Gotham Gazette Pushing Back, Board of Elections Head Insists on ‘Personal Responsibility’ for Voters by Samar Khurshid
The executive director of the New York City Board of Elections said at a City Council budget hearing on Friday that recent failings by the board, revealed in a WNYC report, were not entirely the BOE’s responsibility and that voters in New York needed to step up their participation and involvement in ensuring that their votes count.
WNYC radio’s Brigid Bergin reported last week that more than 78,000 affidavit ballots, out of 168,000 cast by voters whose names were not listed in voter rolls in last year’s presidential election, were disqualified by the BOE and the board did not notify those voters in time for them to challenge those decisions in court and possibly have their vote count. Voters fill out affidavit ballots when they believe there is a mistake about their enrollment status, typically when their name is not in the sign-in book when they show up to cast a ballot.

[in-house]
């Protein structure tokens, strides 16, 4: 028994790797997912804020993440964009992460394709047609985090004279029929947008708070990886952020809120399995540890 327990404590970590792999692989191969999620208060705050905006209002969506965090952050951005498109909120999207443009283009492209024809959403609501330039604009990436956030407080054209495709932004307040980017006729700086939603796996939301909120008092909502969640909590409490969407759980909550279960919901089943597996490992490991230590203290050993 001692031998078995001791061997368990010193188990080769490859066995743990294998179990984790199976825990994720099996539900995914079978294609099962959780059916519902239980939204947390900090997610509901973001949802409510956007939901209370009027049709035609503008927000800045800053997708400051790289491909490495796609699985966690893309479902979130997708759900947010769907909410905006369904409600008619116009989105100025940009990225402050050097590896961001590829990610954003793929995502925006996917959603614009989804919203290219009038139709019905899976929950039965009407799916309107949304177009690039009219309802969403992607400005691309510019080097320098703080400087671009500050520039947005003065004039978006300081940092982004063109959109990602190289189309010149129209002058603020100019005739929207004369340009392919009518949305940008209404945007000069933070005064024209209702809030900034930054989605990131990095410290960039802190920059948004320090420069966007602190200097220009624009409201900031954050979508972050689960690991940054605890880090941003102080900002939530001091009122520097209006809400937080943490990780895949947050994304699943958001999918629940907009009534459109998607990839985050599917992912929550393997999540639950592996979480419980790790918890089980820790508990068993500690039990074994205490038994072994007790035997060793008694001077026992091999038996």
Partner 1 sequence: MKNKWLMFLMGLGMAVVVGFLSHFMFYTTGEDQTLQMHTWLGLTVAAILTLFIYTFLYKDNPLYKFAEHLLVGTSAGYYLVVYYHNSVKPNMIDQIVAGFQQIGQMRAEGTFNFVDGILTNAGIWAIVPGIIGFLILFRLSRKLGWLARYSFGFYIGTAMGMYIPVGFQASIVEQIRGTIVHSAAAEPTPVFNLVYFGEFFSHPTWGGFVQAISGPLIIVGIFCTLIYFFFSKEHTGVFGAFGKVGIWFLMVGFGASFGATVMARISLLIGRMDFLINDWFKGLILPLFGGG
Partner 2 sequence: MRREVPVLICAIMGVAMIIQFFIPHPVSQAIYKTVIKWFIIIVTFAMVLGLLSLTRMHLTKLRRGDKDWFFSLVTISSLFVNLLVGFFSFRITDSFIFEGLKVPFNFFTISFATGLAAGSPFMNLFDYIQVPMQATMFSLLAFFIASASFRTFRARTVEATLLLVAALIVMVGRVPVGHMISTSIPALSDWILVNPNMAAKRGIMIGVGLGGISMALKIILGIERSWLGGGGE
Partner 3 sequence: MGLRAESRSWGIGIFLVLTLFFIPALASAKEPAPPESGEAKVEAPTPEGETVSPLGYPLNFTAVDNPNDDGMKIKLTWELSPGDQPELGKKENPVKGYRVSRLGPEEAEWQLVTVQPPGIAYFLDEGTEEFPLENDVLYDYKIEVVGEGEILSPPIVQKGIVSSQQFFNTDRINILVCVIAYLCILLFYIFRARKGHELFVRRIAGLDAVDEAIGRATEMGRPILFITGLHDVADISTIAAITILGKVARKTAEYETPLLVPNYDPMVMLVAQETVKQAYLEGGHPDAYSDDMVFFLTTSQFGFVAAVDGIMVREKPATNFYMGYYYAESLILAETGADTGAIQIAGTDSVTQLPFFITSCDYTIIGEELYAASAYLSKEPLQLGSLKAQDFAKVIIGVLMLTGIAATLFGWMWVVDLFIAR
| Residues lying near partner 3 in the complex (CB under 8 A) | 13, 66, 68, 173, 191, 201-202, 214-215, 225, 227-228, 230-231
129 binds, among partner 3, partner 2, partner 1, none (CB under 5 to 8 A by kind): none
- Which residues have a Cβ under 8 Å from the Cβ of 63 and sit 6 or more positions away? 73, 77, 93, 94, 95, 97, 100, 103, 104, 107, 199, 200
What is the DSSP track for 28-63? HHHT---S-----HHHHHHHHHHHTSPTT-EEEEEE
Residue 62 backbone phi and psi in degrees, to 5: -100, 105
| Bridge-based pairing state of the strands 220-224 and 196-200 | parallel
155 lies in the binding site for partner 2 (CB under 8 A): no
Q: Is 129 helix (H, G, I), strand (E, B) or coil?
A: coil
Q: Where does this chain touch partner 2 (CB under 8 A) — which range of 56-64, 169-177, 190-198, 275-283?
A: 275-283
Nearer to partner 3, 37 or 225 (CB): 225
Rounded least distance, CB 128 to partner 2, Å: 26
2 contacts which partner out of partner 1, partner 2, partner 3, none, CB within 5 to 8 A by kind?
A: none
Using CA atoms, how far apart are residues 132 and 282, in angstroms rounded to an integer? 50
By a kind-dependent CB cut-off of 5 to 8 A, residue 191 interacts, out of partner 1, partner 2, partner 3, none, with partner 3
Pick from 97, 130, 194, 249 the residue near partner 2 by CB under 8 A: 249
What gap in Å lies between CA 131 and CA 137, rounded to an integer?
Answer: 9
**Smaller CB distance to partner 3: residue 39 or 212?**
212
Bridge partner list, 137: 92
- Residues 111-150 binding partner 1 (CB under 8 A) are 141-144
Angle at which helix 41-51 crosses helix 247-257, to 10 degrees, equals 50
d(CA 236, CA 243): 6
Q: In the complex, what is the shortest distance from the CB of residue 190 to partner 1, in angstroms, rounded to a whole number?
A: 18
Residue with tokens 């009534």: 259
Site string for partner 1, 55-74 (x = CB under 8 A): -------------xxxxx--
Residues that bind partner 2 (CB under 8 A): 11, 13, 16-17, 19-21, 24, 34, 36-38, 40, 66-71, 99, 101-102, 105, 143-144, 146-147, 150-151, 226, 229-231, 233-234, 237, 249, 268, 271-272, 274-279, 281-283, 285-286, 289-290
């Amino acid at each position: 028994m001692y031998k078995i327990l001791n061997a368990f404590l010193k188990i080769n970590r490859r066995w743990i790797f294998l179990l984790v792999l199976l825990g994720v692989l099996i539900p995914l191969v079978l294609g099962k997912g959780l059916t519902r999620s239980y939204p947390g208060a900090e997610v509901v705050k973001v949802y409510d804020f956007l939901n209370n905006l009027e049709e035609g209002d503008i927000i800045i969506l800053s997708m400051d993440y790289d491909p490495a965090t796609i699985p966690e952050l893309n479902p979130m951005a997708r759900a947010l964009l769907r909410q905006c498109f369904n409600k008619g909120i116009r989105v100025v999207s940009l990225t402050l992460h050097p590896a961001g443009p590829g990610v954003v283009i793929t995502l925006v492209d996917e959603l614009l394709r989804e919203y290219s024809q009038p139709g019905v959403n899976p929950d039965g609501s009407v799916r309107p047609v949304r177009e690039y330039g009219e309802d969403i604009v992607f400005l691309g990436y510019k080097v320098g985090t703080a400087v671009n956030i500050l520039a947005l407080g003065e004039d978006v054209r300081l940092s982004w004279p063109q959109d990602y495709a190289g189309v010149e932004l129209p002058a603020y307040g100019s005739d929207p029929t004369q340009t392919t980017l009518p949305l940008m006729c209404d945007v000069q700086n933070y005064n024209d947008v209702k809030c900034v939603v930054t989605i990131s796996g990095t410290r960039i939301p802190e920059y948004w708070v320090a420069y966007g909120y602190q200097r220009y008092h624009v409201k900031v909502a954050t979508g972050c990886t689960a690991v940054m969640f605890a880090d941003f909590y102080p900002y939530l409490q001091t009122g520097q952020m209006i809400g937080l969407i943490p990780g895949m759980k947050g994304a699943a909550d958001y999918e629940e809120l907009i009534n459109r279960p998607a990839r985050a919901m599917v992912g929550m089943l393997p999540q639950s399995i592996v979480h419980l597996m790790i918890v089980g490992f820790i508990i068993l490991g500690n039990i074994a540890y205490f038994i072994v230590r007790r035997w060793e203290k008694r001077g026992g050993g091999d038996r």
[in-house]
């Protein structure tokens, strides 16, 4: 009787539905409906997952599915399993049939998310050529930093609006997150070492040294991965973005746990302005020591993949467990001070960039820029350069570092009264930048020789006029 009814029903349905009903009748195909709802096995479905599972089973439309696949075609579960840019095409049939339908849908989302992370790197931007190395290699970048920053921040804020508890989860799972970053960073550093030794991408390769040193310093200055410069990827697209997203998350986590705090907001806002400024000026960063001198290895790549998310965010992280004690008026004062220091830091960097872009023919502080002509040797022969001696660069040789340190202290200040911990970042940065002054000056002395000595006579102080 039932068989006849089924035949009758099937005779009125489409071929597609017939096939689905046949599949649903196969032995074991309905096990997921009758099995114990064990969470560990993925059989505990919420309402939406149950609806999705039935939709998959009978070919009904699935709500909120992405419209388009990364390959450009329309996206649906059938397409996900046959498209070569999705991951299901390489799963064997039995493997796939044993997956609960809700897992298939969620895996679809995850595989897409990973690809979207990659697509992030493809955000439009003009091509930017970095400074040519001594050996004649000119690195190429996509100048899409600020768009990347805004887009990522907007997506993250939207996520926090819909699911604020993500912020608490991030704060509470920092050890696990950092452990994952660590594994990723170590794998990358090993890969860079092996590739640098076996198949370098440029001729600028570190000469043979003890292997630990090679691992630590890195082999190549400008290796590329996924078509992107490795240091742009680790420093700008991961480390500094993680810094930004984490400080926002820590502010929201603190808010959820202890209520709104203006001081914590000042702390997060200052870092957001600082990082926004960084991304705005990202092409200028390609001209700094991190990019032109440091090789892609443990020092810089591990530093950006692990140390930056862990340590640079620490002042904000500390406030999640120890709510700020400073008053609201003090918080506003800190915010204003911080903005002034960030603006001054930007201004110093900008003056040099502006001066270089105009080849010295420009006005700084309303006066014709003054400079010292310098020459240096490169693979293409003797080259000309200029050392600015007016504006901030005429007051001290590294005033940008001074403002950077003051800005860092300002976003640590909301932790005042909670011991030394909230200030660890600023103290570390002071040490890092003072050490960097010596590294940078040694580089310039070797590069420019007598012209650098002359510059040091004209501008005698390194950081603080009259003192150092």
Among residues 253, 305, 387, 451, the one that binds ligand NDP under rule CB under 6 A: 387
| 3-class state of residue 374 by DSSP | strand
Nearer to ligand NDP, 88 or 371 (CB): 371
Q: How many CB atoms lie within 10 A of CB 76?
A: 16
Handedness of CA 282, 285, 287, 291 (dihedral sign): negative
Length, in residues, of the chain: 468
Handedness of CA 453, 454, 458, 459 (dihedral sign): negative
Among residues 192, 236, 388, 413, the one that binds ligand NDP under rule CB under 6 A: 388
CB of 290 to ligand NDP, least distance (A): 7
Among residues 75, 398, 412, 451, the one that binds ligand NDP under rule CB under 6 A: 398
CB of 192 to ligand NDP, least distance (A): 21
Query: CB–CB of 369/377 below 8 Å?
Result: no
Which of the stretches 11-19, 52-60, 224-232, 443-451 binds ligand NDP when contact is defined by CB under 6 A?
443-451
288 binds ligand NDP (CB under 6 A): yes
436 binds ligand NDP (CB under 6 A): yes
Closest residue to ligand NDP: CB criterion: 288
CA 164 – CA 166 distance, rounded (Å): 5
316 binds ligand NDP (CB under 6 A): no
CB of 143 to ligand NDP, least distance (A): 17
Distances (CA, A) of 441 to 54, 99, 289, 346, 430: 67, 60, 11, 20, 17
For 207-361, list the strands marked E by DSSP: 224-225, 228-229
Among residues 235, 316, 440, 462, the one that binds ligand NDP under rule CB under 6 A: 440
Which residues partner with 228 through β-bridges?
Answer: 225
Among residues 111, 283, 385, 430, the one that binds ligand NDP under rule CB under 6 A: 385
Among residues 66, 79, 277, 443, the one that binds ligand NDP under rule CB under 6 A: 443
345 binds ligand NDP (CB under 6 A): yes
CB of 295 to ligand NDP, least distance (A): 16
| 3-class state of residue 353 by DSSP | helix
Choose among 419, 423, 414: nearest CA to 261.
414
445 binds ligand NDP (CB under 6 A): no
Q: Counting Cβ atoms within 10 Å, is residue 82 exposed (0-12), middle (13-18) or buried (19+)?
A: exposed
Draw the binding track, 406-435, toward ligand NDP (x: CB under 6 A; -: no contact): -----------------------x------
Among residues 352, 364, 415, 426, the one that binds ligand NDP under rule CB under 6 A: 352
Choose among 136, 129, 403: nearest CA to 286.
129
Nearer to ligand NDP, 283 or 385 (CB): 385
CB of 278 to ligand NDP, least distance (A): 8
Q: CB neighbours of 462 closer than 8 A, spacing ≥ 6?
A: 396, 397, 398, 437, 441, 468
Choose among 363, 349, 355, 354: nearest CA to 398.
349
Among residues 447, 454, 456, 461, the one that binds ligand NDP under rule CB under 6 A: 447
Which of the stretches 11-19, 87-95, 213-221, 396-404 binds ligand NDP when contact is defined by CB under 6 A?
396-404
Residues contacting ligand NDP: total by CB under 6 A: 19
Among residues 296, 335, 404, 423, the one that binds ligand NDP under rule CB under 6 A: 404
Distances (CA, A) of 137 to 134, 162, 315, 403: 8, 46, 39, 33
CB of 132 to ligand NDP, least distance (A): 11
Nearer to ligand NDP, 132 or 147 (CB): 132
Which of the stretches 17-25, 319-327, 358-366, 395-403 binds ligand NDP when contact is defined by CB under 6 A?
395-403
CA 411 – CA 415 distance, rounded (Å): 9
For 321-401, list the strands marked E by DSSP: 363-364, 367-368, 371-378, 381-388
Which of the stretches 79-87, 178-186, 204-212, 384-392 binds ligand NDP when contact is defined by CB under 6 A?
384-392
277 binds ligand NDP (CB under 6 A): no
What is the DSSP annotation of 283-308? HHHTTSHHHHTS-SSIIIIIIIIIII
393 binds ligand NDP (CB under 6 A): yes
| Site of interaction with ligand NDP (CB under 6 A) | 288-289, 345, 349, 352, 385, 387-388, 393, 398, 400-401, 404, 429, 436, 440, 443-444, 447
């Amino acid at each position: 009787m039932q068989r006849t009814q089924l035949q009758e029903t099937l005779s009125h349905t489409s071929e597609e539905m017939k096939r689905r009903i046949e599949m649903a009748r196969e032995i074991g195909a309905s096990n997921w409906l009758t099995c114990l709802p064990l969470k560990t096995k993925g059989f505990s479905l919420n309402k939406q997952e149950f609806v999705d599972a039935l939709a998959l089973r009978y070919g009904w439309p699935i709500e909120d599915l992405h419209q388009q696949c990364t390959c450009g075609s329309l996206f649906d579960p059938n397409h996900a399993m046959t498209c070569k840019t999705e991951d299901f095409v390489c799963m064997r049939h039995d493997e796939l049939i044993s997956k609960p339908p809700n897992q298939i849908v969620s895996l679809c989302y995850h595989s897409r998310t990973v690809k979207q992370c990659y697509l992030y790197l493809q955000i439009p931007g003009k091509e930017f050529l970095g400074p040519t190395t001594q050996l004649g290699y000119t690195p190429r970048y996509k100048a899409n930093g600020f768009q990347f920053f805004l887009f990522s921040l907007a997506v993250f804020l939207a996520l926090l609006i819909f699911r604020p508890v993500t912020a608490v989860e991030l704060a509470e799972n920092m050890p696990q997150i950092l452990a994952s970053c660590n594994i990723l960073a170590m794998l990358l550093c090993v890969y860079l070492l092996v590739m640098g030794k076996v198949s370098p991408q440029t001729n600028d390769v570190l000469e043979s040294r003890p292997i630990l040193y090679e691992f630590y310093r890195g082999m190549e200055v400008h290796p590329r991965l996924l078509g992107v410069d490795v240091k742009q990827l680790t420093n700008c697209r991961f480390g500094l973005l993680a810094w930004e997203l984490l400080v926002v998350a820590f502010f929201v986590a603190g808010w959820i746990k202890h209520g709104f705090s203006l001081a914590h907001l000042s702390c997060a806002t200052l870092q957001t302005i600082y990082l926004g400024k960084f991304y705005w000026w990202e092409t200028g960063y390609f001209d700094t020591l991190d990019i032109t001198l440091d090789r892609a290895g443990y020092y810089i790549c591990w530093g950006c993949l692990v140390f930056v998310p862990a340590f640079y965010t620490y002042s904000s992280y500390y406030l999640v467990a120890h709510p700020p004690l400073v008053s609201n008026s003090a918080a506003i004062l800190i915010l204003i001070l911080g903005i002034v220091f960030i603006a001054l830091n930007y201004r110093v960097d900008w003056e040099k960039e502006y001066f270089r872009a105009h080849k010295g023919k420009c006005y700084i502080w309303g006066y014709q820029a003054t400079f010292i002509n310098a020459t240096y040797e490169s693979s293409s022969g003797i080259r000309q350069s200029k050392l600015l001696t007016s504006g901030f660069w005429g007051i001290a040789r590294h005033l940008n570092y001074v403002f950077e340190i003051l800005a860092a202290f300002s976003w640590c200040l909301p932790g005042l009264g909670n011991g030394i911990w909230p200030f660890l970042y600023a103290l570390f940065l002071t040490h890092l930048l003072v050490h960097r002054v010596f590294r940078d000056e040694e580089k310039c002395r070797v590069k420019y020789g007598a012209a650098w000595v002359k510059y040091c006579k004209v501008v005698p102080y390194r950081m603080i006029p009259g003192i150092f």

If it is not counting an affidavit vote, the law requires the board to notify affidavit voters immediately by mail and those voters have 20 days to appeal. But, as WNYC found, the board only began sending notifications two days after that deadline passed and was still sending some as of last week -- six months after the election.
Friday’s City Council hearing of the Committee on Governmental Operations was part of the ongoing round of hearings on Mayor bill de Blasio’s executive budget proposal. A new fiscal year 2018 budget is due by July 1, with the mayor and the Council needing to agree on a spending plan by then. While the BOE is governed by state law, it is funded through the city budget and the City Council has oversight. The mayor and Council have virtually no control, though, over BOE operations and personnel.